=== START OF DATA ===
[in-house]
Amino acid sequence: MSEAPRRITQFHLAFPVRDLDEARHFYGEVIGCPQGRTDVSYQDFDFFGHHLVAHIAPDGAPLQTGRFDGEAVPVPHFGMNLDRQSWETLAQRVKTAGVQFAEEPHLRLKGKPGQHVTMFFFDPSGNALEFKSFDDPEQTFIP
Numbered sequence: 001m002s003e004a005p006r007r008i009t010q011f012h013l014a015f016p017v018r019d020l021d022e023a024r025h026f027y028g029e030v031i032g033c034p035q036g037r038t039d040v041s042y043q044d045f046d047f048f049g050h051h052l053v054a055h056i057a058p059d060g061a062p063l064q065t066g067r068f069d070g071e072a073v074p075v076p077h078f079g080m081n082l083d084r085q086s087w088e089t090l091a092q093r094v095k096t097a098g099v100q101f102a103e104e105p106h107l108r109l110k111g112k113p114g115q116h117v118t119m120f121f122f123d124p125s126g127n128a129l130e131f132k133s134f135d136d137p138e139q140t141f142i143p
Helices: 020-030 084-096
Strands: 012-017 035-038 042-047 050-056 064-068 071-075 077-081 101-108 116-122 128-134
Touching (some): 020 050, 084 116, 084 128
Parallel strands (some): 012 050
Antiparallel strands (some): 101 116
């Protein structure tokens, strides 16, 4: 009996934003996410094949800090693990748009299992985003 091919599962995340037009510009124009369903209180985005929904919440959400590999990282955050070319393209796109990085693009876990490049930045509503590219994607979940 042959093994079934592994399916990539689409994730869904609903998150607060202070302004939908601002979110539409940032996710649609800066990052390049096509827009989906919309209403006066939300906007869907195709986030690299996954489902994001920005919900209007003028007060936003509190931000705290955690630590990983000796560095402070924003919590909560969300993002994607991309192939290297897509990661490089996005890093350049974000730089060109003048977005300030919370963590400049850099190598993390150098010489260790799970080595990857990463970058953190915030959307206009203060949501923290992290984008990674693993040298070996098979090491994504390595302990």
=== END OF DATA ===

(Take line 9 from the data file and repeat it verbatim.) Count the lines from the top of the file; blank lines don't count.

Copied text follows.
């Protein structure tokens, strides 16, 4: 009996934003996410094949800090693990748009299992985003 091919599962995340037009510009124009369903209180985005929904919440959400590999990282955050070319393209796109990085693009876990490049930045509503590219994607979940 042959093994079934592994399916990539689409994730869904609903998150607060202070302004939908601002979110539409940032996710649609800066990052390049096509827009989906919309209403006066939300906007869907195709986030690299996954489902994001920005919900209007003028007060936003509190931000705290955690630590990983000796560095402070924003919590909560969300993002994607991309192939290297897509990661490089996005890093350049974000730089060109003048977005300030919370963590400049850099190598993390150098010489260790799970080595990857990463970058953190915030959307206009203060949501923290992290984008990674693993040298070996098979090491994504390595302990």